The classic battle between good and evil is often played within us. Our minds are jostling to figure out the right way to move forward, overcoming fears of failure. Stock market investing is a mind game about risks. Your ability to manage them makes you a successful investor. But your mind plays games too. You hate losing money. So, when your favourite stock is underperforming, you tend to wonder whether it was the right choice in the first place. You ask yourself if it was worth the risk.
As an equity investor, you know the path is fraught with risks. These could be related to financial performance, inflation, interest rates and currencies. While on the one hand, you are prepared to take them, you also want to minimize your losses. So, you choose diversification. You put your money into multiple asset classes or put in equity-linked funds.
However, you hate failing more than winning. That is a human tendency. Notional losses make you cringe. There are instances when you see the share prices of your favourite companies at peaks. You regret selling the stock earlier or wish you could have picked up more shares in the past. Similarly, when the share prices of companies you own fall, you hate the slump, even though it could be temporary.
The aversion to loss makes you avoid investments that, in the long-term, could create significant wealth. Two European economists published a new paper in August 2022 highlighting that loss aversion and risk aversion are two different things. They concluded that risk and loss aversion are complementary in capturing investor preferences.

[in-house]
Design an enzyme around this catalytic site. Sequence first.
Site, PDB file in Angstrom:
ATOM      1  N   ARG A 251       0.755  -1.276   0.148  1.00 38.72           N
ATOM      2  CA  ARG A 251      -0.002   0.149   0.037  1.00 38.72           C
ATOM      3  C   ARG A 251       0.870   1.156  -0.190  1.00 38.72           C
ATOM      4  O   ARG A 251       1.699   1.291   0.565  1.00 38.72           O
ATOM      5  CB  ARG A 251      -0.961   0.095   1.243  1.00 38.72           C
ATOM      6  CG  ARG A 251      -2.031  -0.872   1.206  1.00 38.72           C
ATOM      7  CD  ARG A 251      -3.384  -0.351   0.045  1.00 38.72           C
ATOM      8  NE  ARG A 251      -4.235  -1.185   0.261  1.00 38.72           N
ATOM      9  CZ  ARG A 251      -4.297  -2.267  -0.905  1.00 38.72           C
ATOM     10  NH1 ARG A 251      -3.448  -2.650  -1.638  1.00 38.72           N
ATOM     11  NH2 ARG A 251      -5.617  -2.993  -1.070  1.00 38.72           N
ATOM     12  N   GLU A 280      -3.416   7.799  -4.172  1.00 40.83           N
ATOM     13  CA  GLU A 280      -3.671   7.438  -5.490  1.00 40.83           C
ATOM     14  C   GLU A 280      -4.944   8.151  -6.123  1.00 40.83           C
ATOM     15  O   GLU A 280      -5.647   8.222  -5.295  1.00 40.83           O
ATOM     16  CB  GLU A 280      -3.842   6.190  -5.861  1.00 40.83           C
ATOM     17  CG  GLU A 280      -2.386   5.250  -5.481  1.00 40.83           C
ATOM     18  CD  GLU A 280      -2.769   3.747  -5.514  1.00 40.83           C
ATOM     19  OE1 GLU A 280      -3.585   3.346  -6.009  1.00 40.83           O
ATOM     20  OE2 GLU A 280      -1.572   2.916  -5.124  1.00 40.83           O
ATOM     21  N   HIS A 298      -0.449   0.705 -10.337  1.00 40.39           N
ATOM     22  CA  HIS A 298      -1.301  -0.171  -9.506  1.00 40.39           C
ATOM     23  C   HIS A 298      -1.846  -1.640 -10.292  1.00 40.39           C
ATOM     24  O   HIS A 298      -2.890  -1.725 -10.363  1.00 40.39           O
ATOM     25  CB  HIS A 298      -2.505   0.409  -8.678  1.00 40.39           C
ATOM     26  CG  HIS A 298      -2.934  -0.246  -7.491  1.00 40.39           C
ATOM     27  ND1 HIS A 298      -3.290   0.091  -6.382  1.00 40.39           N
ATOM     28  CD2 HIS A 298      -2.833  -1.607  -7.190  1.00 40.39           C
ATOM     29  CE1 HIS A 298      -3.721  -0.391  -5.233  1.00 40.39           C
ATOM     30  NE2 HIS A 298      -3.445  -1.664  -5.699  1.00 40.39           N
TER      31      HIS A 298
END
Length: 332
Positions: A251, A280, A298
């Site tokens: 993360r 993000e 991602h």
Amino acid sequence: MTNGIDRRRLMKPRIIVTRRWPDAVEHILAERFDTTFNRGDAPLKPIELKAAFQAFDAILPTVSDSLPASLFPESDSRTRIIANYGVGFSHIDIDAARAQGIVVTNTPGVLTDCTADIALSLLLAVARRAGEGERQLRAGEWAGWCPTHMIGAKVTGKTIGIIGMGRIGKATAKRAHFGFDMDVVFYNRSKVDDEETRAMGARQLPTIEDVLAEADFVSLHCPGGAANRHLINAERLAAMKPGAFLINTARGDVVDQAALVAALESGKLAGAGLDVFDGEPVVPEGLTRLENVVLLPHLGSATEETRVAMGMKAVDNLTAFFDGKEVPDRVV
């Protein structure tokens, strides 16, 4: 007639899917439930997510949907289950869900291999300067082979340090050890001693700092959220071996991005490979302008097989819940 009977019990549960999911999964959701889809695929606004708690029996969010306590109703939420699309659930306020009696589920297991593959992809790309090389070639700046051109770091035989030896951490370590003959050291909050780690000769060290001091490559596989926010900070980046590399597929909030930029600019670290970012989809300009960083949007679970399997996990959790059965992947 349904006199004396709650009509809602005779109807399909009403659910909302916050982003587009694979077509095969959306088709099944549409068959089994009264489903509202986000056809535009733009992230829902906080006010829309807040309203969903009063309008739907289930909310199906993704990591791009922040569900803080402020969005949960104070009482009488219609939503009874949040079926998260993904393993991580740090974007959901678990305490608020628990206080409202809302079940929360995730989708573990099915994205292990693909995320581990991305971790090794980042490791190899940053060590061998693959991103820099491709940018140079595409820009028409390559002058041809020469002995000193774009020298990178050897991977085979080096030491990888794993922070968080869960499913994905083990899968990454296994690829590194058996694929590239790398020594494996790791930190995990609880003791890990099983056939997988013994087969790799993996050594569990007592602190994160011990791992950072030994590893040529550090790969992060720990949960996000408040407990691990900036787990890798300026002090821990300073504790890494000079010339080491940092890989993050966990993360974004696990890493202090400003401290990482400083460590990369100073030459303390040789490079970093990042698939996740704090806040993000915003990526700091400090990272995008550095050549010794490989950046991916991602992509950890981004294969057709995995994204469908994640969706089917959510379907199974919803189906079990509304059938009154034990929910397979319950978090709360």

The study by Dennie van Dolder of the University of Essex and Jurgen Vandenbroucke of the University of Antwerp found that loss aversion is strongly related to education, with higher-educated individuals being more loss averse. Individuals who work hard for money want to get on top of the knowledge to drive it. However, finance is not a subject that everyone can master quickly. Those who dabble in the stock market with knowledge steer clear after a couple of losses.
The other factor the study throws up is risk aversion based on gender, age and financial situation. That puts women, senior citizens and less affluent people together. Risk aversion is a common theme in India. Only 7-8% of individuals in India have direct exposure to equity markets. The size of the mutual fund industry also has significant growth potential as it barely accounts for 15% of the GDP.
Technology could bring a change to the scenario. We have already seen a dramatic increase in demat accounts as the new age of fintech companies makes account opening a breeze. The surge in the number of bank accounts and the backbone of the Aadhaar network will also help you fight the loss aversion bias. Modern algorithms can analyse data at a speed never heard of and beyond individuals’ capability. That will enable you to make prudent investment choices. Alphaniti is one such enabler! Wondering how to go about it? Here’s where we come in with our platform at www.alphaniti.com to help you take charge of your investments to make investing easy for you!
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